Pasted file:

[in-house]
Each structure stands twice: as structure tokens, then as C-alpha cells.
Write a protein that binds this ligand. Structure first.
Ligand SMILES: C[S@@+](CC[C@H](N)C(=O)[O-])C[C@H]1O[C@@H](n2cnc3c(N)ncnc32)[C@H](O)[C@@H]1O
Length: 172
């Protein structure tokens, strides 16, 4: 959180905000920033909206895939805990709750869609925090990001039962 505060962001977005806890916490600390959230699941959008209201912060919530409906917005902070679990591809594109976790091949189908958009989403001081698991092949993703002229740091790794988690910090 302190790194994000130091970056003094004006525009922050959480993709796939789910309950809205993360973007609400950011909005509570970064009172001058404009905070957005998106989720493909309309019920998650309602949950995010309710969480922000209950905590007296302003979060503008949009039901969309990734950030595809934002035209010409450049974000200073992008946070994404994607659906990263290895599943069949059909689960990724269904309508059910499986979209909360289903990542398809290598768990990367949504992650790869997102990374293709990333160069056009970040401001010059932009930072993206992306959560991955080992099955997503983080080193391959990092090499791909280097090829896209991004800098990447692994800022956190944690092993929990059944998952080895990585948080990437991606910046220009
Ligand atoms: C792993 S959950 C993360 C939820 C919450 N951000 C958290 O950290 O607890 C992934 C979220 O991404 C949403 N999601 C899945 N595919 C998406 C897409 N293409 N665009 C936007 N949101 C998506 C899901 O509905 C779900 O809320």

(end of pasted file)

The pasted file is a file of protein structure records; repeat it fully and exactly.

[in-house]
Each structure stands twice: as structure tokens, then as C-alpha cells.
Write a protein that binds this ligand. Structure first.
Ligand SMILES: C[S@@+](CC[C@H](N)C(=O)[O-])C[C@H]1O[C@@H](n2cnc3c(N)ncnc32)[C@H](O)[C@@H]1O
Length: 172
């Protein structure tokens, strides 16, 4: 959180905000920033909206895939805990709750869609925090990001039962 505060962001977005806890916490600390959230699941959008209201912060919530409906917005902070679990591809594109976790091949189908958009989403001081698991092949993703002229740091790794988690910090 302190790194994000130091970056003094004006525009922050959480993709796939789910309950809205993360973007609400950011909005509570970064009172001058404009905070957005998106989720493909309309019920998650309602949950995010309710969480922000209950905590007296302003979060503008949009039901969309990734950030595809934002035209010409450049974000200073992008946070994404994607659906990263290895599943069949059909689960990724269904309508059910499986979209909360289903990542398809290598768990990367949504992650790869997102990374293709990333160069056009970040401001010059932009930072993206992306959560991955080992099955997503983080080193391959990092090499791909280097090829896209991004800098990447692994800022956190944690092993929990059944998952080895990585948080990437991606910046220009
Ligand atoms: C792993 S959950 C993360 C939820 C919450 N951000 C958290 O950290 O607890 C992934 C979220 O991404 C949403 N999601 C899945 N595919 C998406 C897409 N293409 N665009 C936007 N949101 C998506 C899901 O509905 C779900 O809320």